The path not taken.
- Oct 9, 2009
- Reaction score
The Accident Investigation Board Norway, or AIBN, issued a public addendum to the report and a pair of warnings that the issues that sunk Ingstad could also apply to other Navantia ships, raising questions about a widespread quality issue at the Spanish shipbuilder.
“The AIBN has found safety critical issues relating to the vessel’s watertight compartments,” the report reads. “This must be assumed to also apply to the other four Nansen-class frigates.
“It cannot be excluded that the same applies to vessels of a similar design delivered by Navantia, or that the design concept continues to be used for similar vessel models. The AIBN assumes that its findings are not in conformity with the required damage stability standard for the Nansen-class frigates.”
In the addendum to the report, the board found that the initial assessment by the crew in the wake of the accident was that some crew quarters, the aft generator room and the ship’s stores room were flooded, but that the ship was stable and could survive if the situation remained relatively controlled.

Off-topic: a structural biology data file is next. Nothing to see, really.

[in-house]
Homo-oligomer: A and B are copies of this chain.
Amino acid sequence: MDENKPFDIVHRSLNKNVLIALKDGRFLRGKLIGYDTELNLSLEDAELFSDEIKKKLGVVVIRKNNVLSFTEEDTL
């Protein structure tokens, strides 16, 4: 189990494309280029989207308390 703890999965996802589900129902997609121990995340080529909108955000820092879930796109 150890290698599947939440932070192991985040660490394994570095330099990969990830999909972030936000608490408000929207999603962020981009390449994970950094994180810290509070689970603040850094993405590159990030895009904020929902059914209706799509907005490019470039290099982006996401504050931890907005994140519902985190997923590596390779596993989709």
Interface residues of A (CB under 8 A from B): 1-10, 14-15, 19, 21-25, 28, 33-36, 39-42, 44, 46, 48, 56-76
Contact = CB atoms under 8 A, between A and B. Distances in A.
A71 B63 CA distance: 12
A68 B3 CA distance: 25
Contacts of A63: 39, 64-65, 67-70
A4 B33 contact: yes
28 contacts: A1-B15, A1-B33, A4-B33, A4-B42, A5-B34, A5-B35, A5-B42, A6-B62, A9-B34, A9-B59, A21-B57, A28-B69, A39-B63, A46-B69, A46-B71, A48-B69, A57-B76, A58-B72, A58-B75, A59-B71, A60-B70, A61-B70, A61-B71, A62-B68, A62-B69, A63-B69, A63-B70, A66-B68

But then it didn’t.
The crew began seeing water quickly flooding into the gear room via the ship’s hollow propeller shaft, with flooding then creeping into the engine rooms through the bulkheads.
Propeller shafts have to pass through multiple engineering spaces through watertight openings in the wall known as stuffing tubes or stuffing boxes that are supposed to tighten down as water tries to get through, preventing progressive flooding.
The board’s initial assessment based on crew interviews is that the stuffing boxes did not work as designed on Ingstad.
“This meant that the flooding became substantially more extensive than indicated by the original damage,” the report reads. “Based on the flooding of the gear room, it was decided to prepare for evacuation.”
As a result of the findings, the AIBN issued two warnings: one to the Norwegian military to assess its ships to address the safety concerns, and one to Navantia to “conduct investigations into the issues identified during this initial investigation and to ascertain whether this is also an issue relating to other vessels.”